While American influence is notable in the incursion of McDonald's, roller skating, and jogging shoes (though a jogger is a rare sight), Geneva remains essentially Swiss. As it happens, the Swiss exemplify ideals which once were thought American, but are now of questionable repute in the States.

Their industriousness in unsurpassed: A recent referendum defeated the proposal for a reduction in the workweek from the habitual 44 to 40 hours. They value free enterprise and distrust government. They are practical and precise. Their trains run on time, and their manufactured products are of the highest quality. Postmen, who often travel on bicycles or mopeds, deliver twice, sometimes three times a day.

The resident soon learns to expect efficient service. At 4 one evening recently, I telephoned a government office in Bern, 95 miles away, requesting some printed information. The next morning at 9:45, the postman rang my bell. "I brought this up because it says, 'Do not bend,' Madam," he said, handing me the package from Bern.

On a Monday a few weeks ago, I sent a roll of film through the mail to a lab in Zurich, 170 miles from Geneva. On Wednesday, the prints appeared in my mailbox. This, my Swiss friends assure me, is routine service. Incidentally, the client in these transactions is trusted to send payment for the photographs aftern they have been returned.

Services and goods, however, are not cheap, and very little goes for nothing. On Aug. 1, part of Geneva is cordoned off so that the Swiss Independence Day fireworks will be visible only to those who've paid about $6.30 to see them. Shortly after my arrival last June, I was surprised to be charged that sum (10 Swiss francs) to stand in a crowd which lined the streets of Vevey to see a parade. It happened the parade was well worth it, featuring yodlers in traditional costume, players of the long, haunting Alpine horns, lumbering cows with their enormous bells, and experts at cracking the bull whip.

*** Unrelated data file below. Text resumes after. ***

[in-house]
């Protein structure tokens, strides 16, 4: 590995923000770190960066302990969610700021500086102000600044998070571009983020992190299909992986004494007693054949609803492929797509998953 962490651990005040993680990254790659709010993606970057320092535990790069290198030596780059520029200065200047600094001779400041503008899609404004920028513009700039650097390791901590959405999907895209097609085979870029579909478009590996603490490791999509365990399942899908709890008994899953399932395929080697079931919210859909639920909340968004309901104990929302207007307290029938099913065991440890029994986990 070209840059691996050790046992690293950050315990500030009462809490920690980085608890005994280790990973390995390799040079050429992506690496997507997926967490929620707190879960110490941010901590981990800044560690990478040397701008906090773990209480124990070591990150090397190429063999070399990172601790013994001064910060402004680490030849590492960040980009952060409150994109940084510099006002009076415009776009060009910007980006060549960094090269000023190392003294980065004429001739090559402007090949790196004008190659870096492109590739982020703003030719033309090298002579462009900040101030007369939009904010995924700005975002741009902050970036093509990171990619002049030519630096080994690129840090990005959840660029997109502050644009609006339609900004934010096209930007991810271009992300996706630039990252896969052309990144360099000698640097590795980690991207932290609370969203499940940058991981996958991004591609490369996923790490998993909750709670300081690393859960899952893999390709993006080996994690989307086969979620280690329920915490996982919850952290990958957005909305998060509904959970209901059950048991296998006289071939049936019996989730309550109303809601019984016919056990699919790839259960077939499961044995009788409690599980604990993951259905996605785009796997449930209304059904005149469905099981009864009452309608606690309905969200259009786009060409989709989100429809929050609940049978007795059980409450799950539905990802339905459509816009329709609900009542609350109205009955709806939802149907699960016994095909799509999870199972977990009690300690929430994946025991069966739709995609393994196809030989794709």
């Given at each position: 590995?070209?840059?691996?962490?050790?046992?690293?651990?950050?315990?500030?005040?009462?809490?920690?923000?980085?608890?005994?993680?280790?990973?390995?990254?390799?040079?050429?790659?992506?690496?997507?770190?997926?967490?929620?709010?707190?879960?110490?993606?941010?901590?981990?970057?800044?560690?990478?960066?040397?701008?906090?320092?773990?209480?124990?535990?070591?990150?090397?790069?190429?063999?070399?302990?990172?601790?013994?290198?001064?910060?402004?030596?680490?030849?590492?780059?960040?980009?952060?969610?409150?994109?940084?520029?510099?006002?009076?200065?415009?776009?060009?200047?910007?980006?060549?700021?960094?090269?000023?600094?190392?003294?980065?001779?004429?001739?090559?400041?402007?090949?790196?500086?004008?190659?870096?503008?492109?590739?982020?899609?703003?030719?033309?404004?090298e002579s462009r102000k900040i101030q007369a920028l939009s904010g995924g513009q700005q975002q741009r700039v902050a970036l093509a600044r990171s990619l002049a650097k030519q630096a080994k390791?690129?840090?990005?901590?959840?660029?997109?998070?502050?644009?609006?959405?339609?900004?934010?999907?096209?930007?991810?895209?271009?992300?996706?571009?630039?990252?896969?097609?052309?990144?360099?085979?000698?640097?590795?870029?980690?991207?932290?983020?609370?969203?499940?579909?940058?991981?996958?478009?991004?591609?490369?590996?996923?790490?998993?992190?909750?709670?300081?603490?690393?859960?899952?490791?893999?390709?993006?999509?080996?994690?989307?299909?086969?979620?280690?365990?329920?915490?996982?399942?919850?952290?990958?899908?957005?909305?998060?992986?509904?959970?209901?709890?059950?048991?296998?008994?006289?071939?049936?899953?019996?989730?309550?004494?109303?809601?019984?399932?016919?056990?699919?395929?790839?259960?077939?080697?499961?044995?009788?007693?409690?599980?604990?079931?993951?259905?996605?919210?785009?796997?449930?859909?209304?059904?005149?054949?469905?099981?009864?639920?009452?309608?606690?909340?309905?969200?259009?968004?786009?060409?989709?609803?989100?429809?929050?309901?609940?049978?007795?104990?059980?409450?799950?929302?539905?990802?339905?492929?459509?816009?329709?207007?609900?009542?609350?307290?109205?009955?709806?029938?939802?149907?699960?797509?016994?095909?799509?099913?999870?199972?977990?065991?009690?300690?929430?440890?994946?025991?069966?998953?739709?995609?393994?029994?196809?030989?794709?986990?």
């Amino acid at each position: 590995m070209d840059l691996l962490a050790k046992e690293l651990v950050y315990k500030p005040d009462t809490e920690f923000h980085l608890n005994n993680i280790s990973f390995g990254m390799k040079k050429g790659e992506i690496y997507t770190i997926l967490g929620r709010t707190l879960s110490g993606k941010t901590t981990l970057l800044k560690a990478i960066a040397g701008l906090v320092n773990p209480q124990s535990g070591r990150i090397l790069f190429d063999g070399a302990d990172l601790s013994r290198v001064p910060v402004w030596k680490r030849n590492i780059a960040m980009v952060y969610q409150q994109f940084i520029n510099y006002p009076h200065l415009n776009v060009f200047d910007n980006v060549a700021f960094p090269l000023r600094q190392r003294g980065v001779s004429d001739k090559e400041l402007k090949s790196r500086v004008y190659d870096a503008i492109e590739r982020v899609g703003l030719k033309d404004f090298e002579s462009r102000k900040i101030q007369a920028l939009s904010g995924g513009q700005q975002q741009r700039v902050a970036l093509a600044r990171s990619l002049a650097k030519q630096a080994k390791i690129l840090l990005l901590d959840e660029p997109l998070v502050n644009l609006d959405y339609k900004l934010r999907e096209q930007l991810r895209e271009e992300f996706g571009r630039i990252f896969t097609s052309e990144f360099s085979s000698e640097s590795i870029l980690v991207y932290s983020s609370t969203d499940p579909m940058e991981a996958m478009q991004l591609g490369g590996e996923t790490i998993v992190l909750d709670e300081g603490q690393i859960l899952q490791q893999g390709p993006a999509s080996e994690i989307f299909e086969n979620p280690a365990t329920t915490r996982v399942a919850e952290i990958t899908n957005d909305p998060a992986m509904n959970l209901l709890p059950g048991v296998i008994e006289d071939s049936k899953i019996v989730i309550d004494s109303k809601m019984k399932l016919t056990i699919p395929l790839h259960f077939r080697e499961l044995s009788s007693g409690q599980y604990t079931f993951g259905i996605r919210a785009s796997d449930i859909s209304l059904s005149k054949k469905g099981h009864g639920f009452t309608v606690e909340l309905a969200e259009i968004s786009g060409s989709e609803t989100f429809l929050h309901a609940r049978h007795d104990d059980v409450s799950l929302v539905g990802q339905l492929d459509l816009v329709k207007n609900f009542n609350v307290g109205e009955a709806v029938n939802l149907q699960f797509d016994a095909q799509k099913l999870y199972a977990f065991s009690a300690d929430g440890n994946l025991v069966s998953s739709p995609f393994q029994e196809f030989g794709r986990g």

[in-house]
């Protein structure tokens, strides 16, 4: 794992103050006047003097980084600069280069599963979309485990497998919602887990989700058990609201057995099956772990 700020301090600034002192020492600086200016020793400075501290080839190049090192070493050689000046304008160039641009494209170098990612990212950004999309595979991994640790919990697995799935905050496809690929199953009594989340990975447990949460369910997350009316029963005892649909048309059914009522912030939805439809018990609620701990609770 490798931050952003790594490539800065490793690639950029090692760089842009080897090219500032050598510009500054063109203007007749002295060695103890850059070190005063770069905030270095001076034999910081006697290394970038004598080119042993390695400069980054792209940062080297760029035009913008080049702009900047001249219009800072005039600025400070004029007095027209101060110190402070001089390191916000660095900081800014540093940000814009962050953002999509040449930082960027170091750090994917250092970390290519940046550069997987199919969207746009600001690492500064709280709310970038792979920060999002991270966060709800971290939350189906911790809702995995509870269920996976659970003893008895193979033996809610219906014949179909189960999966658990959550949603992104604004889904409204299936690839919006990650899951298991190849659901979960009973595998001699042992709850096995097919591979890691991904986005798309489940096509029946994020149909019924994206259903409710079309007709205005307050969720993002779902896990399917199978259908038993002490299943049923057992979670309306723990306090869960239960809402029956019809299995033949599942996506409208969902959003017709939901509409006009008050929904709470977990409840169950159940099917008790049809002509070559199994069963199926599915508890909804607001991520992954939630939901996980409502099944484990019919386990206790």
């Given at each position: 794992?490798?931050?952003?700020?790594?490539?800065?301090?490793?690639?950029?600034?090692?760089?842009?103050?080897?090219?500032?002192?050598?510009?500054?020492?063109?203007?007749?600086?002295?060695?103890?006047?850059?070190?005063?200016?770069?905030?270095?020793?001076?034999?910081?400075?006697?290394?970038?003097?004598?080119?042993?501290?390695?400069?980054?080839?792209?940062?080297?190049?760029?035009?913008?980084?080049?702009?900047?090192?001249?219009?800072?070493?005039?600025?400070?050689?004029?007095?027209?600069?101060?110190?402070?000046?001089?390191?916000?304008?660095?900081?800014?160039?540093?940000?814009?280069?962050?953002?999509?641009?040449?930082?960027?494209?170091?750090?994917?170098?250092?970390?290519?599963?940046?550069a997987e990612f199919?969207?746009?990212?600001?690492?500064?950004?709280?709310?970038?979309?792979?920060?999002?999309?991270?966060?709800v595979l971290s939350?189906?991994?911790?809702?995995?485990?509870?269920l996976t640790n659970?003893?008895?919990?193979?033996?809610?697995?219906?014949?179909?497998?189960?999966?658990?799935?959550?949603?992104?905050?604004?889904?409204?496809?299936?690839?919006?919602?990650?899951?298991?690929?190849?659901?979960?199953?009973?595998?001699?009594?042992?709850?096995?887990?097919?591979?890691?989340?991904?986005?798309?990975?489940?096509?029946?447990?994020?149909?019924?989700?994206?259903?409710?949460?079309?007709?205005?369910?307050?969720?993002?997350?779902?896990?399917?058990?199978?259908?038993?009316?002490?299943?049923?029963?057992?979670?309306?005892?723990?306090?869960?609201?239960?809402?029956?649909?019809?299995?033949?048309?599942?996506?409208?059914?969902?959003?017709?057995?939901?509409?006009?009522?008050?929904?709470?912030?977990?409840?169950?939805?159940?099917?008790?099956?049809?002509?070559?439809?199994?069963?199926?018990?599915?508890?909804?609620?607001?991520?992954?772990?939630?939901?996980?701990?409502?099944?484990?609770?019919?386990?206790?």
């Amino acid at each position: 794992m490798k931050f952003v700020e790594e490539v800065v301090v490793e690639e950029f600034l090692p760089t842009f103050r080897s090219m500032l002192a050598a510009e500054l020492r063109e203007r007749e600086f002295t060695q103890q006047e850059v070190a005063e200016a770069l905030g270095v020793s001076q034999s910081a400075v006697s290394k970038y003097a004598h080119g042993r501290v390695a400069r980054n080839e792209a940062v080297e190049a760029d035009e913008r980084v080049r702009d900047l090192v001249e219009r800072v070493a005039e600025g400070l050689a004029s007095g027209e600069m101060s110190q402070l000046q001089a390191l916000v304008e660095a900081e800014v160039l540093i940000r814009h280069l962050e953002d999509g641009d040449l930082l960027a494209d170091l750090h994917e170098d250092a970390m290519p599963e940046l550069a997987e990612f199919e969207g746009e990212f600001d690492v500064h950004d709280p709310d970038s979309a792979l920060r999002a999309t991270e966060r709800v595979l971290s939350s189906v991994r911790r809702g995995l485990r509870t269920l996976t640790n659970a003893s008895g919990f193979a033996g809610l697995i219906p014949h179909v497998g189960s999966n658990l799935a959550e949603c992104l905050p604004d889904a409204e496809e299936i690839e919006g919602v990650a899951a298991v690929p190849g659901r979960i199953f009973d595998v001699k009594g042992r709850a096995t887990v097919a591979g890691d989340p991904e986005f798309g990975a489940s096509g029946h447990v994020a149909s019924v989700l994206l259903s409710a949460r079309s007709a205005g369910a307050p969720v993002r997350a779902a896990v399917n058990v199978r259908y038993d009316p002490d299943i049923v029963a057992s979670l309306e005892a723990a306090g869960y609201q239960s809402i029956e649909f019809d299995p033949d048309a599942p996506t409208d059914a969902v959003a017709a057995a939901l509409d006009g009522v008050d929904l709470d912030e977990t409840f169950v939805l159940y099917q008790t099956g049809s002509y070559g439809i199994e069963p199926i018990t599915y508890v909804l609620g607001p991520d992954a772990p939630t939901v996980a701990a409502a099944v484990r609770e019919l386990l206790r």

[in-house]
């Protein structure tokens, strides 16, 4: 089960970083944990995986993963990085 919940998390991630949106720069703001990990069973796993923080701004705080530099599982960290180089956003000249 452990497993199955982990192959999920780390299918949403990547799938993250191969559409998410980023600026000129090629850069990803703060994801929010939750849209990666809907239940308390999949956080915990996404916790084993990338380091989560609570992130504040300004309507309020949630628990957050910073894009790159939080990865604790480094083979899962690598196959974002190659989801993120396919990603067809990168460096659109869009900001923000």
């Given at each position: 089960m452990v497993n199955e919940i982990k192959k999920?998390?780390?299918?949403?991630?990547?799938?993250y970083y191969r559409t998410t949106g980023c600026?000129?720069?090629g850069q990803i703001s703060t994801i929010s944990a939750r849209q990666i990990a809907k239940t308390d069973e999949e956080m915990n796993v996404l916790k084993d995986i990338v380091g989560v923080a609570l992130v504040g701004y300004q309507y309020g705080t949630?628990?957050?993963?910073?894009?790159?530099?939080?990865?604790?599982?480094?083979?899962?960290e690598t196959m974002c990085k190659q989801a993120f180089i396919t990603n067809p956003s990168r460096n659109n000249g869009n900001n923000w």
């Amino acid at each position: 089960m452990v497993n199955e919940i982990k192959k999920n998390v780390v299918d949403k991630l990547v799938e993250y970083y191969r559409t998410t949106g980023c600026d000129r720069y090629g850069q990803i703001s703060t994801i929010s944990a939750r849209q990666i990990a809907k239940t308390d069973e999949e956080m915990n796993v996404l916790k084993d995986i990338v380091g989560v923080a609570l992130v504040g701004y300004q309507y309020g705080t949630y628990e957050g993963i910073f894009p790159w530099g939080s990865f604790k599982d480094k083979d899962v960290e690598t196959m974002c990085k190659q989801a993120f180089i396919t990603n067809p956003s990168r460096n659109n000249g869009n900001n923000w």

More than the fact that everything costs something here, it is the decline in the dollar's buying power that hurts. A cup of coffee costs about $1, a movie $ 7. Dinner for two at a simple restaurant commonly runs to $40. But if one can momentarily forget the nightmarish dollar-conversion rate, a trip to the supermarket is a delight. Cheese, chocolate, breads, and pastry are delicious, of course, and there is considerable variety in fresh and natural foods on the shelf.

Swiss practically does not preclude esthetic sense. Public statuary throughout Geneva is unusually lively and humane. Billboards are both effective and visually appealing. Even the walls in a train car are appointed with framed photographs of Swiss scenes, apparently with no fear that they will be stolen.

Here, it is not surprising if a police station, such as the one in Lugano, has a waiting room that can only be described as chic. Highways are equipped with rest stops that offer modern public showers and freshly baked bread. Traditional domestic architecture, such as in the Valais style house, is modest, balanced, and well-suited to its mountain environment.

The pace of life is tolerable here, the population is much smaller than in the US, and people move less frequently.If the Swiss have, as it seems, a greater sense of citizenship than is generally found in America, these are perhaps among reasons why. There is a lot to be learned in Switzerland.